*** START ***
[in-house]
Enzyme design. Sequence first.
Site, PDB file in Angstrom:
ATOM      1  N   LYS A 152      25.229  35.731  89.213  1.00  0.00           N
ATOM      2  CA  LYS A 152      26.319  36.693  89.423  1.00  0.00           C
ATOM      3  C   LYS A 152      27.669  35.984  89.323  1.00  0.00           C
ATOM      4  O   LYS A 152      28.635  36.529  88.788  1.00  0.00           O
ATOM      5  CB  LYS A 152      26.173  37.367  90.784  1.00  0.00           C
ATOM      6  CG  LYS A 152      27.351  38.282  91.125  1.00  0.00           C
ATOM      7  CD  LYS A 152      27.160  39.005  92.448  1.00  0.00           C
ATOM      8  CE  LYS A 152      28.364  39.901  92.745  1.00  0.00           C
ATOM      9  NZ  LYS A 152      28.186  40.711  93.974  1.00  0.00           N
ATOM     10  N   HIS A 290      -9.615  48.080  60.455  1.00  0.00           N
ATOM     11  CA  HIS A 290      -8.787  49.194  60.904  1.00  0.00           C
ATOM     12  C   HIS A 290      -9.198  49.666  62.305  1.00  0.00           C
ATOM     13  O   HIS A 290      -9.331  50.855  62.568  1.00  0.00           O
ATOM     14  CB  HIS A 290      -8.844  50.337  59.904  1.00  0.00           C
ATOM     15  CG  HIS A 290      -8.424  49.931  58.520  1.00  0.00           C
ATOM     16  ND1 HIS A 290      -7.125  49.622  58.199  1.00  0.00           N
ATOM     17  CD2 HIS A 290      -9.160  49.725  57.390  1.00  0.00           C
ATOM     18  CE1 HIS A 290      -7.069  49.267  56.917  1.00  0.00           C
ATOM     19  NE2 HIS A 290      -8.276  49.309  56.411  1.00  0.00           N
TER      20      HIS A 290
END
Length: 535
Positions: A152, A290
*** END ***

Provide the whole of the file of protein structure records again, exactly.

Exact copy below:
[in-house]
Enzyme design. Sequence first.
Site, PDB file in Angstrom:
ATOM      1  N   LYS A 152      25.229  35.731  89.213  1.00  0.00           N
ATOM      2  CA  LYS A 152      26.319  36.693  89.423  1.00  0.00           C
ATOM      3  C   LYS A 152      27.669  35.984  89.323  1.00  0.00           C
ATOM      4  O   LYS A 152      28.635  36.529  88.788  1.00  0.00           O
ATOM      5  CB  LYS A 152      26.173  37.367  90.784  1.00  0.00           C
ATOM      6  CG  LYS A 152      27.351  38.282  91.125  1.00  0.00           C
ATOM      7  CD  LYS A 152      27.160  39.005  92.448  1.00  0.00           C
ATOM      8  CE  LYS A 152      28.364  39.901  92.745  1.00  0.00           C
ATOM      9  NZ  LYS A 152      28.186  40.711  93.974  1.00  0.00           N
ATOM     10  N   HIS A 290      -9.615  48.080  60.455  1.00  0.00           N
ATOM     11  CA  HIS A 290      -8.787  49.194  60.904  1.00  0.00           C
ATOM     12  C   HIS A 290      -9.198  49.666  62.305  1.00  0.00           C
ATOM     13  O   HIS A 290      -9.331  50.855  62.568  1.00  0.00           O
ATOM     14  CB  HIS A 290      -8.844  50.337  59.904  1.00  0.00           C
ATOM     15  CG  HIS A 290      -8.424  49.931  58.520  1.00  0.00           C
ATOM     16  ND1 HIS A 290      -7.125  49.622  58.199  1.00  0.00           N
ATOM     17  CD2 HIS A 290      -9.160  49.725  57.390  1.00  0.00           C
ATOM     18  CE1 HIS A 290      -7.069  49.267  56.917  1.00  0.00           C
ATOM     19  NE2 HIS A 290      -8.276  49.309  56.411  1.00  0.00           N
TER      20      HIS A 290
END
Length: 535
Positions: A152, A290